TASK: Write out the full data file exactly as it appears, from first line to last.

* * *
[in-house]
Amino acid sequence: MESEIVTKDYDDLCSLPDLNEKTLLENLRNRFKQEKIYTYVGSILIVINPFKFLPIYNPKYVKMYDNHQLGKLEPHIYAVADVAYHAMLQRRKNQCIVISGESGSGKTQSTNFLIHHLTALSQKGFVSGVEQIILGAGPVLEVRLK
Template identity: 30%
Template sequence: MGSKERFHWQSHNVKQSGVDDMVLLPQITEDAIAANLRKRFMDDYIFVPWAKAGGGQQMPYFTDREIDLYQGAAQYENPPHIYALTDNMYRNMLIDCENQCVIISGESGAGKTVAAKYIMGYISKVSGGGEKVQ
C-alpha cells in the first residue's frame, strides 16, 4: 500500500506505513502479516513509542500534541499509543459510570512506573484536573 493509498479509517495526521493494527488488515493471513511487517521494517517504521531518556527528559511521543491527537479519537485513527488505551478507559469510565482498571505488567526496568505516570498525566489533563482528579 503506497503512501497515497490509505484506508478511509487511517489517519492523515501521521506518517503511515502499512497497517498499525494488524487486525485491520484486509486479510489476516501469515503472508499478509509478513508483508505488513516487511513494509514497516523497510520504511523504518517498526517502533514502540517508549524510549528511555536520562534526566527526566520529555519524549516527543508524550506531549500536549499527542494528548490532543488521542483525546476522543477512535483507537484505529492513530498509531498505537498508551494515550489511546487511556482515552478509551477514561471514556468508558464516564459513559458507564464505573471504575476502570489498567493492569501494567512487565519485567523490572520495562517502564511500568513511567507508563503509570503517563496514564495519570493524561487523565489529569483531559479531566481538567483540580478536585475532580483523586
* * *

[in-house]
Amino acid sequence: MESEIVTKDYDDLCSLPDLNEKTLLENLRNRFKQEKIYTYVGSILIVINPFKFLPIYNPKYVKMYDNHQLGKLEPHIYAVADVAYHAMLQRRKNQCIVISGESGSGKTQSTNFLIHHLTALSQKGFVSGVEQIILGAGPVLEVRLK
Template identity: 30%
Template sequence: MGSKERFHWQSHNVKQSGVDDMVLLPQITEDAIAANLRKRFMDDYIFVPWAKAGGGQQMPYFTDREIDLYQGAAQYENPPHIYALTDNMYRNMLIDCENQCVIISGESGAGKTVAAKYIMGYISKVSGGGEKVQ
C-alpha cells in the first residue's frame, strides 16, 4: 500500500506505513502479516513509542500534541499509543459510570512506573484536573 493509498479509517495526521493494527488488515493471513511487517521494517517504521531518556527528559511521543491527537479519537485513527488505551478507559469510565482498571505488567526496568505516570498525566489533563482528579 503506497503512501497515497490509505484506508478511509487511517489517519492523515501521521506518517503511515502499512497497517498499525494488524487486525485491520484486509486479510489476516501469515503472508499478509509478513508483508505488513516487511513494509514497516523497510520504511523504518517498526517502533514502540517508549524510549528511555536520562534526566527526566520529555519524549516527543508524550506531549500536549499527542494528548490532543488521542483525546476522543477512535483507537484505529492513530498509531498505537498508551494515550489511546487511556482515552478509551477514561471514556468508558464516564459513559458507564464505573471504575476502570489498567493492569501494567512487565519485567523490572520495562517502564511500568513511567507508563503509570503517563496514564495519570493524561487523565489529569483531559479531566481538567483540580478536585475532580483523586